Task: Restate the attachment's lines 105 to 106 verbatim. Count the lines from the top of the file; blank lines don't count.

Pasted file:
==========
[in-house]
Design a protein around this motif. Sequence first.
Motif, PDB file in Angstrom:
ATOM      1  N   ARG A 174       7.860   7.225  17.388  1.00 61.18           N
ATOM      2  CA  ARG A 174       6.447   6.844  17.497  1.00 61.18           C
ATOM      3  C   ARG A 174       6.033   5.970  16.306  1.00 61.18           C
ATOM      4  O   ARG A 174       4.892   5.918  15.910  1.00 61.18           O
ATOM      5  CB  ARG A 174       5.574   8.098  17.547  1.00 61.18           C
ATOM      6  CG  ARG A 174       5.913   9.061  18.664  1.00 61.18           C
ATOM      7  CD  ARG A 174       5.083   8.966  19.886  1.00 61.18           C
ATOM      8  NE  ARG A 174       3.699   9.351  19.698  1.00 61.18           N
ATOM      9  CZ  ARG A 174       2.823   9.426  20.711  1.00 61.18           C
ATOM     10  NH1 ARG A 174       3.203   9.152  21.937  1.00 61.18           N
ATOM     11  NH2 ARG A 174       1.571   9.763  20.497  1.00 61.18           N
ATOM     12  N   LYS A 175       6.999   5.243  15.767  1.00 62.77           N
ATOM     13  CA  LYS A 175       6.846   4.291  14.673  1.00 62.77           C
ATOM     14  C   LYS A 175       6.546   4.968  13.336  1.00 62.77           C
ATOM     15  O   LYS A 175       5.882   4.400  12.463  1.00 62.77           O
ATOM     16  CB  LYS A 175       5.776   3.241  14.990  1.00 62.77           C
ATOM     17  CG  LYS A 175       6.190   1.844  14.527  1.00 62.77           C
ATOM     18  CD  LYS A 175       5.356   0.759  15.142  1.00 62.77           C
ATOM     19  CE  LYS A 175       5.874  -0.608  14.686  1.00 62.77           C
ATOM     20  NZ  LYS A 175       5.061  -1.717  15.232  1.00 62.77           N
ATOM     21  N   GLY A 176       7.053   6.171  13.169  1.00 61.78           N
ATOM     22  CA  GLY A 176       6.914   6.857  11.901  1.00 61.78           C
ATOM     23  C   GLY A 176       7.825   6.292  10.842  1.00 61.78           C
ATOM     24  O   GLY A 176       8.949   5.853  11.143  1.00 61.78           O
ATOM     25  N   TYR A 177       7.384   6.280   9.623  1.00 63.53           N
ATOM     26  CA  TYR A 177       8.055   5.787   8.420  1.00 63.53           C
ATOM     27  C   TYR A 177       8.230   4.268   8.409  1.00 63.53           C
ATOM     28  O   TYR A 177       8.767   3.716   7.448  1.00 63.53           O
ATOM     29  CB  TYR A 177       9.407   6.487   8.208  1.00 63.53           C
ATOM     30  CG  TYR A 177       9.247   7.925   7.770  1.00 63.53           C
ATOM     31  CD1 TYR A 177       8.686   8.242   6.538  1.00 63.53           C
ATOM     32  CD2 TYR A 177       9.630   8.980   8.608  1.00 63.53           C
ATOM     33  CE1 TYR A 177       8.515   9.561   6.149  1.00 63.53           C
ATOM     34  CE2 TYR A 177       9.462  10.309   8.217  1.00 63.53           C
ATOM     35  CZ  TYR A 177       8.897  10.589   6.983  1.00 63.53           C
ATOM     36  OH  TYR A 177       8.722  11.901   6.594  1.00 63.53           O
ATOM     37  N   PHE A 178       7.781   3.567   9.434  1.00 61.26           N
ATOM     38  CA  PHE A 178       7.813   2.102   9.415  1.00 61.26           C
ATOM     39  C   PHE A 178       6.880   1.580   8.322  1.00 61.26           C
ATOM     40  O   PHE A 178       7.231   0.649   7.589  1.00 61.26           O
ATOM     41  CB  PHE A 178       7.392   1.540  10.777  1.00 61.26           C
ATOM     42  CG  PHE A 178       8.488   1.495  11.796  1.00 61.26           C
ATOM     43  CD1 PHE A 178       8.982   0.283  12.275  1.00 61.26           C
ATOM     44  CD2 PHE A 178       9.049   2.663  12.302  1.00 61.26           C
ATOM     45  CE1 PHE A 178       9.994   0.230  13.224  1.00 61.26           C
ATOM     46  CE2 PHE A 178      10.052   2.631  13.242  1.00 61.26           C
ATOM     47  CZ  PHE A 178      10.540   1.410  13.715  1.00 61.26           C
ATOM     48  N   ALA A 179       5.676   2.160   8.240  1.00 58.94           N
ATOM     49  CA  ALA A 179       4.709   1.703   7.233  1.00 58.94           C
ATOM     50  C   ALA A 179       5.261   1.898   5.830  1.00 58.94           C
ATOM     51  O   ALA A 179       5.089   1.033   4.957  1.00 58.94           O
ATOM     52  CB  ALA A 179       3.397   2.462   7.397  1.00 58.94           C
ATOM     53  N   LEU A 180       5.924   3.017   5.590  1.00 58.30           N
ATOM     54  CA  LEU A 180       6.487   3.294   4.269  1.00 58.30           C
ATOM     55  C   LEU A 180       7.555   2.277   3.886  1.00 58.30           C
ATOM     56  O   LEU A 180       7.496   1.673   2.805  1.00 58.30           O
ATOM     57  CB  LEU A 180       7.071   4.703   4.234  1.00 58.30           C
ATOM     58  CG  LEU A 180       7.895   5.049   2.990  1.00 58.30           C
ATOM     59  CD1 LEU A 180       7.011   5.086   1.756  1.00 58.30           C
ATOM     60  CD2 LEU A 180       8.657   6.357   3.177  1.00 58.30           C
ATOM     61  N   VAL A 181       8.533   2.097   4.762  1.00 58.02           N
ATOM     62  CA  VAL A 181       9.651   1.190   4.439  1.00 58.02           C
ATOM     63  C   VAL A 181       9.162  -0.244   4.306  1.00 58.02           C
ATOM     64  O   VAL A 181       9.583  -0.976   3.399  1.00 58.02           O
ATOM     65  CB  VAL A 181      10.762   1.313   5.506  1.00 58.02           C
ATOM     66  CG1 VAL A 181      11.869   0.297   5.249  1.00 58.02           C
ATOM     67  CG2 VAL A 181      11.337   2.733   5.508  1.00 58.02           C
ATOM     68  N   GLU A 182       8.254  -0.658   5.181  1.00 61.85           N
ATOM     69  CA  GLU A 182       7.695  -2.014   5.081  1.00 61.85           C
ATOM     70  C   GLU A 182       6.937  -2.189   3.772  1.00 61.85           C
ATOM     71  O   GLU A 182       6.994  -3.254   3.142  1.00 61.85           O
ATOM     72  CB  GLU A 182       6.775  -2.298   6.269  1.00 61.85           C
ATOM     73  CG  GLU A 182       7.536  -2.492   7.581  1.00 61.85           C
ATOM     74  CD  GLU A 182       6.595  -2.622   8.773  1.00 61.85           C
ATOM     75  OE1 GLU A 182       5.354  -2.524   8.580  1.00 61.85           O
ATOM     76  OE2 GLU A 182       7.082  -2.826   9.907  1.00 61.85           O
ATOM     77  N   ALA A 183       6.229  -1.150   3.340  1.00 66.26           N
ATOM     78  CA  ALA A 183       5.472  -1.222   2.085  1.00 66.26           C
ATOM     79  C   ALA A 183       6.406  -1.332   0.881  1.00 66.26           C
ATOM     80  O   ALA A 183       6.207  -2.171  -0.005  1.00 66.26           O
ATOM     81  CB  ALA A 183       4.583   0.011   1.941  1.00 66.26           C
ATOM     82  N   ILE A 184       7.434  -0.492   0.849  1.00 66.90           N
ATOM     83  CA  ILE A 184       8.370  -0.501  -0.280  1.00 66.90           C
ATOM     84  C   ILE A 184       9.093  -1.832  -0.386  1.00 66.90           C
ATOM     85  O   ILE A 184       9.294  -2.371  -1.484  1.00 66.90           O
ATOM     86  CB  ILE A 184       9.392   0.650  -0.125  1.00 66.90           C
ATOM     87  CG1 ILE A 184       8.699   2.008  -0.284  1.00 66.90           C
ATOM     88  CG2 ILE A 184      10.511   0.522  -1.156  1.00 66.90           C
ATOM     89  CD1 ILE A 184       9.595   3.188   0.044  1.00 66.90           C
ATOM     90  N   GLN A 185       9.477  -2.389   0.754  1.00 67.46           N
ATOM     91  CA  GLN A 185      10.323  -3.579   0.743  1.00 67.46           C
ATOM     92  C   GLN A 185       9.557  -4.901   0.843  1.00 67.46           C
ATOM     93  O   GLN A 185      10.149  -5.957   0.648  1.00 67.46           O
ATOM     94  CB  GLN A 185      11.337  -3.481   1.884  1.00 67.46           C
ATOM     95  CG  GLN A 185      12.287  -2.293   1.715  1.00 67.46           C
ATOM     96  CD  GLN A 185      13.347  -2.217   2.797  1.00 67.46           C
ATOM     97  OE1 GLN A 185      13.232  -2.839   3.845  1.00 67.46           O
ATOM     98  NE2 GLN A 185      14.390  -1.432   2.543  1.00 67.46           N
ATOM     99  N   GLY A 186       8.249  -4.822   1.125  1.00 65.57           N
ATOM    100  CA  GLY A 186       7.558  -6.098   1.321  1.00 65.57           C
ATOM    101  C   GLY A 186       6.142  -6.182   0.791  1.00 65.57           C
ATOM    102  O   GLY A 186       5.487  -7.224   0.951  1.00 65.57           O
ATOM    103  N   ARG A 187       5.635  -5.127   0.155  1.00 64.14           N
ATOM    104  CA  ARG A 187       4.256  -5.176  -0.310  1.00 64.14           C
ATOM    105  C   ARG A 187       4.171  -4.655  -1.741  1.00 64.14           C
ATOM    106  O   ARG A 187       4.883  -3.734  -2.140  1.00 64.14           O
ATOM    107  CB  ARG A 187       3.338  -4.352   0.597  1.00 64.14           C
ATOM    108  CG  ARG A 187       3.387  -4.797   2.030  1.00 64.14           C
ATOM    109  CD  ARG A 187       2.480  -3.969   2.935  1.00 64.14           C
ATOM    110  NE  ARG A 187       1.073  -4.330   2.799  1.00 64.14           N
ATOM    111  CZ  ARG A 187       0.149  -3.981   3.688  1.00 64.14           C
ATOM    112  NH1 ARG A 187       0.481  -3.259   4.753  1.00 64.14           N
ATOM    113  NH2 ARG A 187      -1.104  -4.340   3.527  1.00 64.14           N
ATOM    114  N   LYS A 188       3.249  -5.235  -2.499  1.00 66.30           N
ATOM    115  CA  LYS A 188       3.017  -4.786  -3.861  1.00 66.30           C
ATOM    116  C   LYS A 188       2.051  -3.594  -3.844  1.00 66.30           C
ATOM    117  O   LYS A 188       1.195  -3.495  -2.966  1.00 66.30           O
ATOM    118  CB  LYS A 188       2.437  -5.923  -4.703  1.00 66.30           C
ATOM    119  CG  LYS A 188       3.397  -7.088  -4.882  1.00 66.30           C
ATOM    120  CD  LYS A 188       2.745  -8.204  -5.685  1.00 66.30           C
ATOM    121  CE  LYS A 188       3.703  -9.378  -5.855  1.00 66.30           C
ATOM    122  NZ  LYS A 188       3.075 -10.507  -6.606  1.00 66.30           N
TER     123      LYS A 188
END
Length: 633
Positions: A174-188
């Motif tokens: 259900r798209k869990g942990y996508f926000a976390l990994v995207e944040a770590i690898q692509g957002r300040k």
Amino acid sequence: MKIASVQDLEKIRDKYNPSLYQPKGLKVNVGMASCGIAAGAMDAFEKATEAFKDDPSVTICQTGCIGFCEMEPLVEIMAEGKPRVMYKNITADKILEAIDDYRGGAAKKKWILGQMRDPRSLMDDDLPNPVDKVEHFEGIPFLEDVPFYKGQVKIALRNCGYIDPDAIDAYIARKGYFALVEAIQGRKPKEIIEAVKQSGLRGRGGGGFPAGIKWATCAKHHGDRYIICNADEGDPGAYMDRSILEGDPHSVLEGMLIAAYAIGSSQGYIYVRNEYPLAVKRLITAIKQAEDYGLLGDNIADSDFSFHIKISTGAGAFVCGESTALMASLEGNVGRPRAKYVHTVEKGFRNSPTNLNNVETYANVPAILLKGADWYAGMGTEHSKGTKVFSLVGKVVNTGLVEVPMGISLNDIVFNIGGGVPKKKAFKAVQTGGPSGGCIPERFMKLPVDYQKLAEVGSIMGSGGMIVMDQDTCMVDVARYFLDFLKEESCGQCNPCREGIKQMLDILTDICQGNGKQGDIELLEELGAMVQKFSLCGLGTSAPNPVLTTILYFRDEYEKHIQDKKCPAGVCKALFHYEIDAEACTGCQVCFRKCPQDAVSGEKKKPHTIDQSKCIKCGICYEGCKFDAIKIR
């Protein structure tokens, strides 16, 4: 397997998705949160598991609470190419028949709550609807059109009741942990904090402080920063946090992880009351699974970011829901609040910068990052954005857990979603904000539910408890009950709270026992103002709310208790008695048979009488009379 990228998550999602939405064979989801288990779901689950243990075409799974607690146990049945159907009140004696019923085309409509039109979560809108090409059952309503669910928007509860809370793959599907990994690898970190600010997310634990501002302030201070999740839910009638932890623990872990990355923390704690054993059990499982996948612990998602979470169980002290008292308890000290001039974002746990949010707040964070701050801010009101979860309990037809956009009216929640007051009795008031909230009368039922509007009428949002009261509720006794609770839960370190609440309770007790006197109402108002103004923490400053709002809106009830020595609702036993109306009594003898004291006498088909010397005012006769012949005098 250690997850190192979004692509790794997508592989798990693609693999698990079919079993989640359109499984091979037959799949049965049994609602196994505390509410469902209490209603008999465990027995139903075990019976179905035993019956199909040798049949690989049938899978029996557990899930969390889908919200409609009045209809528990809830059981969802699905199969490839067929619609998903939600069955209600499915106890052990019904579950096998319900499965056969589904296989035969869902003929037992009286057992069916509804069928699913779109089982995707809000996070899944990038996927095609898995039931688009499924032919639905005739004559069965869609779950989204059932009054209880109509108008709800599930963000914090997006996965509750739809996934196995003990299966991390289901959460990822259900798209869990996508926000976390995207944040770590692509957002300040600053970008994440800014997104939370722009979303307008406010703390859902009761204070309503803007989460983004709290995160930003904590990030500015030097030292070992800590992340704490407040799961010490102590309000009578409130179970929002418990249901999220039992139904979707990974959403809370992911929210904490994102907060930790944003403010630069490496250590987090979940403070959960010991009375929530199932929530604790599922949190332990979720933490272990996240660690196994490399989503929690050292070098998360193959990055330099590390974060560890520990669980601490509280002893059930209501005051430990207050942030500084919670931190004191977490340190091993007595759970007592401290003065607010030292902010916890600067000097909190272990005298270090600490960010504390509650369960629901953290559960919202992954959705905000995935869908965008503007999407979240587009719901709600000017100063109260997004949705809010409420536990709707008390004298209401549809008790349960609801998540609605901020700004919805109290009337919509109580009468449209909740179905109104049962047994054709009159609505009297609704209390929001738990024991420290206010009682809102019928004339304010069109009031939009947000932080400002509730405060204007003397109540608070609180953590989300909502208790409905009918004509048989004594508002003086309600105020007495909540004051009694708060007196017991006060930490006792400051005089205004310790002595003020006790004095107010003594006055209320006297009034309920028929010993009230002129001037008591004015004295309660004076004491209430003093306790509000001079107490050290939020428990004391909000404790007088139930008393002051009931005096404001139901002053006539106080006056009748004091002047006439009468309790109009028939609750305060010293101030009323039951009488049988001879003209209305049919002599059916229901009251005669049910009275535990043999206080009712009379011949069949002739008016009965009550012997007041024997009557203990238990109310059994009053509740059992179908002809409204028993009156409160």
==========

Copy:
ATOM    102  O   GLY A 186       5.487  -7.224   0.951  1.00 65.57           O
ATOM    103  N   ARG A 187       5.635  -5.127   0.155  1.00 64.14           N